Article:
The Old Caribbean Way of Life
A small unique island in the Atlantic, Salt Cay has seen next to no tourism-related development. The main visitor draws are centered on the surrounding marine environment—scuba diving and whale watching.
Salt Cay is a great place for travel, outdoor, and nature photography. The island has a very low number of residents and doesn’t get many visitors, so you’ll likely have the salinas, wilds, and miles of coastline to yourself when exploring.
Several spectacular beaches and interesting coastlines are found on Salt Cay. North Bay has the best swimming and snorkeling conditions, but all of the sites offer something. Long Bay, South Bay, and South Point at times are great for beachcombing. South District Beach is the best for watching the sunset, and it’s hard to beat the hiking potential of the Northeast Point area.
Hiking and Exploration
Sandy paths and tracks lead to countless scenic landscapes on Salt Cay. On one side of the island are the wetlands of South Creek (a haven for bird life) and low salt-resistant hedges of South Wells, both of which are interesting and colorful landscapes. The northern half offers higher ground, with rugged bluffs and hills.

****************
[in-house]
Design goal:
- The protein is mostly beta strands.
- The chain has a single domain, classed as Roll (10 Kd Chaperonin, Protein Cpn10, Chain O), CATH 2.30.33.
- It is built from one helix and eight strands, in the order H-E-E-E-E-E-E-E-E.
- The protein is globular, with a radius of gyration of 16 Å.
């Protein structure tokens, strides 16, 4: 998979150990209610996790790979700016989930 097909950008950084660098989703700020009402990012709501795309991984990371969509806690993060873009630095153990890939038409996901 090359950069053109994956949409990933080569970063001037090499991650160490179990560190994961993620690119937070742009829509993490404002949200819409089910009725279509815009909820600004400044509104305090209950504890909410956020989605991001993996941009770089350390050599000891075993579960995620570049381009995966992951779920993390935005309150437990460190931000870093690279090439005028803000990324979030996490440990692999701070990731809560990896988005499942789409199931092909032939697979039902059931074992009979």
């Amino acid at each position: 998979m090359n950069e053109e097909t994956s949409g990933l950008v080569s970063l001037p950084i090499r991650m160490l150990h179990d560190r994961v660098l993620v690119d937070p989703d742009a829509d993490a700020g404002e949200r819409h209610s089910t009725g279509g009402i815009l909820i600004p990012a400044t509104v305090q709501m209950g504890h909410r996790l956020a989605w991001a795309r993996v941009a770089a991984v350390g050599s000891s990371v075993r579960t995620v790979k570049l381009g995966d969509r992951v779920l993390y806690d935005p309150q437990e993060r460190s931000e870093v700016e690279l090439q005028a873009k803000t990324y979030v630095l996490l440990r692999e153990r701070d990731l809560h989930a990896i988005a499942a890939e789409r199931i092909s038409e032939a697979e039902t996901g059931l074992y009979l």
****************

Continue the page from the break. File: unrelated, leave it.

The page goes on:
Walking, cycling and off-road golf carts are the typical methods of getting around.
You’ll want to take plenty of drinking water with you when venturing into the outback. The tropical sun can be quite intense.
Salinas and the Abandoned Salt Industry
Salt Cay’s previously thriving sea salt production industry has definitely left its mark on the island. As the industry expanded over the 17th, 18th and 19th centuries, the network of low stone dividing walls in the natural interior salt ponds became massive. Gates, sluices and windmills pumps facilitated water movement, and an efficient system evolved over time. Much of this remains to be discovered by modern visitors.
Feral (yet friendly!) Turks Islands donkeys can be seen wandering the island. The hardy animals have been out of work since the salinas stopped operating in the 1960s.
Water Sports and Activities
Whale watching is the most popular activity, although it's highly seasonable (typically from January to early April).
Fishing and scuba diving are the next top water sports, and are available year-round (although the quality depends on seasons as well).
For snorkeling, many of the guest villas offer complimentary snorkel gear, and some of the dive operators operate snorkel cruises.
Night Life and Entertainment
Nightlife mainly revolves around specials and events at one of the few local restaurants. There are no cinemas, nightclubs, or casinos.
A new annual event is Salt Cay Days. This celebration takes place in Balfour Town in spring and attracts revelers and watercraft from throughout the Turks and Caicos.